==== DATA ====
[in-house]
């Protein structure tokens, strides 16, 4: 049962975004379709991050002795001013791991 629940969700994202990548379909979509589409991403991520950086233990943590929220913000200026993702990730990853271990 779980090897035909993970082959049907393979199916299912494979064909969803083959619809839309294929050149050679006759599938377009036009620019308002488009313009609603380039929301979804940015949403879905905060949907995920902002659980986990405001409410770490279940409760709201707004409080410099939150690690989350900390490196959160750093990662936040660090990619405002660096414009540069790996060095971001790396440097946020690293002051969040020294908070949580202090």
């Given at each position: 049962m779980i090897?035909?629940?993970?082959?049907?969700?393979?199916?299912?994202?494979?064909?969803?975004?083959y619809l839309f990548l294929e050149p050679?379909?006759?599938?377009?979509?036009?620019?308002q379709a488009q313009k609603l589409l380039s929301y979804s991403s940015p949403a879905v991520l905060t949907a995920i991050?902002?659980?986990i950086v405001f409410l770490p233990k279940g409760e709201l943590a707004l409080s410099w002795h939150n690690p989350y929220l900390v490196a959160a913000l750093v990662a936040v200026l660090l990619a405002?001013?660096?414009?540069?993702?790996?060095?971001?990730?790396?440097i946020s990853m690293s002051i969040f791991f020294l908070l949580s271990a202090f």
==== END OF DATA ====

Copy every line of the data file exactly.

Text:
[in-house]
């Protein structure tokens, strides 16, 4: 049962975004379709991050002795001013791991 629940969700994202990548379909979509589409991403991520950086233990943590929220913000200026993702990730990853271990 779980090897035909993970082959049907393979199916299912494979064909969803083959619809839309294929050149050679006759599938377009036009620019308002488009313009609603380039929301979804940015949403879905905060949907995920902002659980986990405001409410770490279940409760709201707004409080410099939150690690989350900390490196959160750093990662936040660090990619405002660096414009540069790996060095971001790396440097946020690293002051969040020294908070949580202090």
């Given at each position: 049962m779980i090897?035909?629940?993970?082959?049907?969700?393979?199916?299912?994202?494979?064909?969803?975004?083959y619809l839309f990548l294929e050149p050679?379909?006759?599938?377009?979509?036009?620019?308002q379709a488009q313009k609603l589409l380039s929301y979804s991403s940015p949403a879905v991520l905060t949907a995920i991050?902002?659980?986990i950086v405001f409410l770490p233990k279940g409760e709201l943590a707004l409080s410099w002795h939150n690690p989350y929220l900390v490196a959160a913000l750093v990662a936040v200026l660090l990619a405002?001013?660096?414009?540069?993702?790996?060095?971001?990730?790396?440097i946020s990853m690293s002051i969040f791991f020294l908070l949580s271990a202090f």